That is just one of the reasons why Ms McKechnie is urging employers to get involved in the Foyer scheme, which aims to provide accommodation, training and, eventually, work for 16 to 25-year-olds who have neither a job nor a home.
The Foyer scheme is based on experience in France, where there are now 500 centres offering 45,000 beds. The idea has taken off in Britain with help from several businesses: Grand Metropolitan has led the way, seconding Don MacDonald to act as Foyer's chief executive; Ladbroke has made available a large building in Liverpool, rent-free for five years; Ideal Homes and McAlpine are converting empty office buildings into hostels.
Mr MacDonald said he saw the Foyer initiative as an opportunity for business to provide assistance, without interfering in the responsibilities of government.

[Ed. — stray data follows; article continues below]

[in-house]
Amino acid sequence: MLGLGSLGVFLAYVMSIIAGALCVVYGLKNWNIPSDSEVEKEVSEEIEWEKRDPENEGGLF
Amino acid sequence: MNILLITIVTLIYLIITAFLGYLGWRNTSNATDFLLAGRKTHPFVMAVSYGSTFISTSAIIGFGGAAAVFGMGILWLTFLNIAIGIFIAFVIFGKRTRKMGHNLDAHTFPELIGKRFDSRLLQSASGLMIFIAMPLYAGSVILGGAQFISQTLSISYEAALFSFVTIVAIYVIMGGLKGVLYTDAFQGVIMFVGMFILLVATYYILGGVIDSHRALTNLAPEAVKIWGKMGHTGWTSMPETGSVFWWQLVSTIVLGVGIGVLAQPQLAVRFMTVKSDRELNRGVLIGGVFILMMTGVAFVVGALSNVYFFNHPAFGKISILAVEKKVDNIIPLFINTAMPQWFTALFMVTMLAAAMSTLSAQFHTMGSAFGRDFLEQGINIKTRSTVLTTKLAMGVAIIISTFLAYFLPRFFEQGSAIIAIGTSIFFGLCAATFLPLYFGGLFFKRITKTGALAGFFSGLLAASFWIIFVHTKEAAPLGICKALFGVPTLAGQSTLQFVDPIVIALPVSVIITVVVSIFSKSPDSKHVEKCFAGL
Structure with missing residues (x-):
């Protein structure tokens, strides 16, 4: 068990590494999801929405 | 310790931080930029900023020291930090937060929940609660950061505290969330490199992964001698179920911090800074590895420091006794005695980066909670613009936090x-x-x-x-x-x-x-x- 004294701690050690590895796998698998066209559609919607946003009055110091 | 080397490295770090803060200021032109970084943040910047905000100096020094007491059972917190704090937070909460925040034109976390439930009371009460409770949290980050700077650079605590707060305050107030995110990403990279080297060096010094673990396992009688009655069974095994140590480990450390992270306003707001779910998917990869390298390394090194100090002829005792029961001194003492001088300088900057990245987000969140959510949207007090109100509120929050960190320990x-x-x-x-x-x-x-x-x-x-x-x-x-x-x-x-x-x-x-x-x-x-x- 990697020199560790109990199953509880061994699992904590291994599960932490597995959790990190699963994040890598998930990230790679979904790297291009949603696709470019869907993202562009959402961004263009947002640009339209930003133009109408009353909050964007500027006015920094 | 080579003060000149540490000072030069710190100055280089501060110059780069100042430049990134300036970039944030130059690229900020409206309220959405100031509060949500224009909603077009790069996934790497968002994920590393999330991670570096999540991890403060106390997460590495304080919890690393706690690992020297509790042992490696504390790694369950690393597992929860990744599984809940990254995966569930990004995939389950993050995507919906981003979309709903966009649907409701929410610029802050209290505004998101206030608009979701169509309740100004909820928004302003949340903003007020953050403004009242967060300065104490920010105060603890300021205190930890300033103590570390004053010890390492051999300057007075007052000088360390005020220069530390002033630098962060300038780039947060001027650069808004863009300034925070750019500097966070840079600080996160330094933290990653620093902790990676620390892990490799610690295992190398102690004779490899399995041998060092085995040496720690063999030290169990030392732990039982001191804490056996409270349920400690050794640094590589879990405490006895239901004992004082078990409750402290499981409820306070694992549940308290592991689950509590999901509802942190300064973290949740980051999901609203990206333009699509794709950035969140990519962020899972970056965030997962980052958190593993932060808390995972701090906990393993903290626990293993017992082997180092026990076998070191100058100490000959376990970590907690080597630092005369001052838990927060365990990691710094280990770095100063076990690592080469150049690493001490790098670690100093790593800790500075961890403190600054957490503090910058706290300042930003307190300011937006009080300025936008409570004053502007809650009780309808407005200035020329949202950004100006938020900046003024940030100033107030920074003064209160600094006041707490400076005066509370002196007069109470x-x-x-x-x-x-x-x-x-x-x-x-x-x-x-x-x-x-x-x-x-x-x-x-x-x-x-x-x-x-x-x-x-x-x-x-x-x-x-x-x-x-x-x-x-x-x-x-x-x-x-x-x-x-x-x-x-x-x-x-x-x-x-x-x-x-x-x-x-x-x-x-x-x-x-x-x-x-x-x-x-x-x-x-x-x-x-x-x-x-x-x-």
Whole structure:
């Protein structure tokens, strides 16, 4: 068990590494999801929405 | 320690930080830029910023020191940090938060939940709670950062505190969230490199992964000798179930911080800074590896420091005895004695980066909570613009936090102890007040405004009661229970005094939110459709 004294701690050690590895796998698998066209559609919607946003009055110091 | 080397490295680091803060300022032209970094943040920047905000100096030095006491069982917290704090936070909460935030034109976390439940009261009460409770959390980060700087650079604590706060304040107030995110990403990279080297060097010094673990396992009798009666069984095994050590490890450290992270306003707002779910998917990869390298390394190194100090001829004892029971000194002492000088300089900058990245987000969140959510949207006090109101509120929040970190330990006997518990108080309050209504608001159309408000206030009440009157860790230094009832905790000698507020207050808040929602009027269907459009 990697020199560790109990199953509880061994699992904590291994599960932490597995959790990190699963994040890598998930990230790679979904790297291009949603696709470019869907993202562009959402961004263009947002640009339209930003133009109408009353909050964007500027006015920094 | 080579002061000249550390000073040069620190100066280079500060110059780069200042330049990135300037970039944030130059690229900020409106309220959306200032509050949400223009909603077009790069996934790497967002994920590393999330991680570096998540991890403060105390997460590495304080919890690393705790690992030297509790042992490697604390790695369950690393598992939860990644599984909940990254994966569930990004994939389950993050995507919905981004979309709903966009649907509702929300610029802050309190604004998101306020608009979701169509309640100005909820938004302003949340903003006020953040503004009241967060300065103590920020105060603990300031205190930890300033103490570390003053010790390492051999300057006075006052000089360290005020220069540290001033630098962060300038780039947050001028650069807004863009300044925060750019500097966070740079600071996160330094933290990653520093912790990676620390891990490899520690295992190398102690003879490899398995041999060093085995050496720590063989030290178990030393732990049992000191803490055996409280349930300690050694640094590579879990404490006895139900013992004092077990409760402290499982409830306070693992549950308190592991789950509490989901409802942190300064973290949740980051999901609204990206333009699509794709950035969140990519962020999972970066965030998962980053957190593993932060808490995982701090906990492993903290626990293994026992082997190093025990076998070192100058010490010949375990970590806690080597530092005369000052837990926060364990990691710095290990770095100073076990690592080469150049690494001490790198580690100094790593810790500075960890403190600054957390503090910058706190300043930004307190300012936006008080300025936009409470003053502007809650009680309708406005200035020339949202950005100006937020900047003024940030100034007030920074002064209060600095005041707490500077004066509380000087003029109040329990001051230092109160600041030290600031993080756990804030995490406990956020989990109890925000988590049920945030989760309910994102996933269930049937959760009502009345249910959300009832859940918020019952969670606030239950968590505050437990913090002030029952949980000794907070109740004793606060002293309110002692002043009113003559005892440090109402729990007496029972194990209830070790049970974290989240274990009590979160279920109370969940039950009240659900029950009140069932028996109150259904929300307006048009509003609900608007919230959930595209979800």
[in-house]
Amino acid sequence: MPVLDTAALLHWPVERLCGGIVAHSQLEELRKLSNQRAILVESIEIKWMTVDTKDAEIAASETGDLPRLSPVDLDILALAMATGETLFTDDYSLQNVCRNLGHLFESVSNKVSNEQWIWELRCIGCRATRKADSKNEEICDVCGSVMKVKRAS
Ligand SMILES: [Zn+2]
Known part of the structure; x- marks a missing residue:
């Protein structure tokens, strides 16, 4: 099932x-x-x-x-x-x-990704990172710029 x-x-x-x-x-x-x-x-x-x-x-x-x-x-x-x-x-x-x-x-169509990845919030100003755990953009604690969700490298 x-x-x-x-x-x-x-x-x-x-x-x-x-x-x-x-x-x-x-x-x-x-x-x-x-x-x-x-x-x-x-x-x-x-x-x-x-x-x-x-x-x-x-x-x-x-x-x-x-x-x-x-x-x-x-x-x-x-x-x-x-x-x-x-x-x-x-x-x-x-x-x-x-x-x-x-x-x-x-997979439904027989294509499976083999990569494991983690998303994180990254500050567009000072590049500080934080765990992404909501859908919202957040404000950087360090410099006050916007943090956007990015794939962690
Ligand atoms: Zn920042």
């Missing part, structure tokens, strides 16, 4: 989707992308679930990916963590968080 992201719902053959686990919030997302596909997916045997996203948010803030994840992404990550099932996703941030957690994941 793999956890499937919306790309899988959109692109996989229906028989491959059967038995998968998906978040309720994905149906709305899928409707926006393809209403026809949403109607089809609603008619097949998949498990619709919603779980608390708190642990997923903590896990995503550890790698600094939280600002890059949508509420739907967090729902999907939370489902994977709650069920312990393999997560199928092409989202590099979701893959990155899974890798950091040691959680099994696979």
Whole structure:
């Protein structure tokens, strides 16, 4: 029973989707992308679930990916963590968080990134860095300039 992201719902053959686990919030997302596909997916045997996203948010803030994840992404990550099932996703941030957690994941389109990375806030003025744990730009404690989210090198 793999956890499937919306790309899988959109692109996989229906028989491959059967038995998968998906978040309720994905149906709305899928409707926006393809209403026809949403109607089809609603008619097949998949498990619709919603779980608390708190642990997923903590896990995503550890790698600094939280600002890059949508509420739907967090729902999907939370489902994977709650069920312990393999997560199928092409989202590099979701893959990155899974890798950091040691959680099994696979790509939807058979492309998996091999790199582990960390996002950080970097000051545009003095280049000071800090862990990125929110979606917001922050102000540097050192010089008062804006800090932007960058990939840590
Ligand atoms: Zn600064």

Foyer is negotiating to obtain other buildings and additional secondments, and wants more employers to sponsor skill training places. Some companies, particularly in retailing, are offering guaranteed jobs at the end of the training schemes as a means of stabilising their future recruitment.
Ms McKechnie said Shelter was sponsoring the Foyer scheme because it is in the interests of the employers as well as the unemployed homeless. 'One of the big problems for young people is to manage the transition away from the family,' she said.
'Foyer provides a safety net for people who need a leg-up to independence. It breaks the syndrome of no home, so no job, so no home.
'From the employer's point of view, there is still a demographic time bomb. They will need these young people in the future. It may be difficult to see that at the moment, but there will be an enormous shortage of labour, and we can't afford to let a generation go to waste. If we aren't careful, there won't be the type of people around that industry needs.'
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